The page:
There have been some unexpected re-emerging disease outbreaks like measles, locally limited, due to the lack of vaccination among some groups that interrupt the heard immunity and affect mostly infants under 12 months of age (our official earliest age of immunization) and young adults who are unvaccinated or partially vaccinated; with only one dose.
Every year there are a few cases of whooping cough in infants under 6 months, born from unimmunised mothers and infected by young asymptomatic adults, incompletely primed due to their early age, with a considerable mortality rate. Most of these young adults haven’t received a pertussis vaccine after their second year of life and vaccine efficacy lowers to 84% four years after the last dose and to 46% 7 years later, so persistence of immunologic protection in immunized subjects doubtable lasts longer than 8-10 years.
Various studies in Spain have confirmed the intrafamilial origin of the infection in more than 50% of hospitalized infants in intensive care units. High coverage of dTap vaccination of adolescents and young adults would lessen this problem. Also outbreaks of mumps have become a frequent national disruption.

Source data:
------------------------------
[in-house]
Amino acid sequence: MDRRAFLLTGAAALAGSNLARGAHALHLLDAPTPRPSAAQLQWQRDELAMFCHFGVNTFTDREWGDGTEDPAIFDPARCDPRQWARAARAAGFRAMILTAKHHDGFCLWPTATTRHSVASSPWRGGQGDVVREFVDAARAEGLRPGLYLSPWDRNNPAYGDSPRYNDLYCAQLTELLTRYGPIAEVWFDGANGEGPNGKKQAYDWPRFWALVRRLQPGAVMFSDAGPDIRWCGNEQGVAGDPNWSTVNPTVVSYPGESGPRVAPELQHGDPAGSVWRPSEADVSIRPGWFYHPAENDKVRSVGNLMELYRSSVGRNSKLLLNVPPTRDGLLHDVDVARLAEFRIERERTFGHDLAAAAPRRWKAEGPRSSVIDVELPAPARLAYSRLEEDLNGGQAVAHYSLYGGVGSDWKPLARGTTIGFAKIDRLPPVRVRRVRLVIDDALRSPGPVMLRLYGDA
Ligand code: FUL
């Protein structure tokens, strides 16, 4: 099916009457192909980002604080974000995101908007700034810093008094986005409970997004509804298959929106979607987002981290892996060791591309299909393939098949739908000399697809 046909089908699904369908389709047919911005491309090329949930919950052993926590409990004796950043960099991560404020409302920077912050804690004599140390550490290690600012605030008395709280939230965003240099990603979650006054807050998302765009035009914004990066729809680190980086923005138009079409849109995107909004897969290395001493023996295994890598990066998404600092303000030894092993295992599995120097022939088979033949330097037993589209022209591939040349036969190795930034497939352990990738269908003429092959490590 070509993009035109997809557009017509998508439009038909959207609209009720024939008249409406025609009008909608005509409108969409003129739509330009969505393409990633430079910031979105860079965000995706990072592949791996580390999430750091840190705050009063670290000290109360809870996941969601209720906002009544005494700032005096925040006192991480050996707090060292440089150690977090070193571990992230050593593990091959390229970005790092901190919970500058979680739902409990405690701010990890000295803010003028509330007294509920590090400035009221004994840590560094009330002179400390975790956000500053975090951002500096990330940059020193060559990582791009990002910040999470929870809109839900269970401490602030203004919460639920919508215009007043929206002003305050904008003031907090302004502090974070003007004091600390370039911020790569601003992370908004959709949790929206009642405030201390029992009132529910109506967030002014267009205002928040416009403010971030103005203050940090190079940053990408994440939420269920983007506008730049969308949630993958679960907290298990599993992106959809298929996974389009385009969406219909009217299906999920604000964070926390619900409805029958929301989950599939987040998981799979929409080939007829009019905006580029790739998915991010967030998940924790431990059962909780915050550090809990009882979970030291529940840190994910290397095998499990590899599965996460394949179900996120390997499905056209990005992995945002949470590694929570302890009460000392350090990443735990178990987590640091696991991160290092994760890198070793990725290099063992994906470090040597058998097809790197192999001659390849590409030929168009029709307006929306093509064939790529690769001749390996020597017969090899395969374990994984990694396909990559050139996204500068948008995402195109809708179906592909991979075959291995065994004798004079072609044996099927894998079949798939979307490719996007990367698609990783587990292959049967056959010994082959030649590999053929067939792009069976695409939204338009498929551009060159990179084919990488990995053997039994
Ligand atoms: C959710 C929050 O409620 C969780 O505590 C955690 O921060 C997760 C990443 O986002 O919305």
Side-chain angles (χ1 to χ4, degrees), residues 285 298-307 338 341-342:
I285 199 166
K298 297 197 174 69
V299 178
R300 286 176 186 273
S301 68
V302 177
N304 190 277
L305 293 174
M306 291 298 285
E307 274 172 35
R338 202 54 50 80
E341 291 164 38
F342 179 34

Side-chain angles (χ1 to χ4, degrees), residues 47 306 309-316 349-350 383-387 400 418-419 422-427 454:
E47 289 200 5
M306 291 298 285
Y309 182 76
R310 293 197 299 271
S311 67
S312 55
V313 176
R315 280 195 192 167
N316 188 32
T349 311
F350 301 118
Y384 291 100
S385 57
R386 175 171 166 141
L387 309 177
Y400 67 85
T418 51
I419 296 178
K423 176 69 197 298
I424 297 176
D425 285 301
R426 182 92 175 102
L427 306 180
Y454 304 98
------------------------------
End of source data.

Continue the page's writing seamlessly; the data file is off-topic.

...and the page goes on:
Are childhood vaccination rates good?
The Spanish population accepts vaccination as a very effective health promotion system. When a vaccine is included in the official schedules and funded by the health authorities, coverage easily rises to 95% or over in the first years of life.
These rates decrease when the vaccines are not funded by the public system such as with rotavirus, conjugated Pneumococcal and chicken pox. Although an acceptable coverage with these vaccines, higher than in most of the European countries, is still maintained.
A particular exception is the HPV vaccine, although publically funded, with extreme local variations, doesn’t reach optimal coverage levels. This seems to be an unexplainable paradox seen in many other Western countries.
Is childhood vaccination free? Where do they get vaccines for their children?
All Spanish children receive diphtheria, tetanus, pertussis, measles, mumps, rubella, Hib, Meningococcus C and HPV (young girls), granted by the government, up to 14 years of age.
Risk groups also get the flu, pneumococcal and chicken pox vaccines.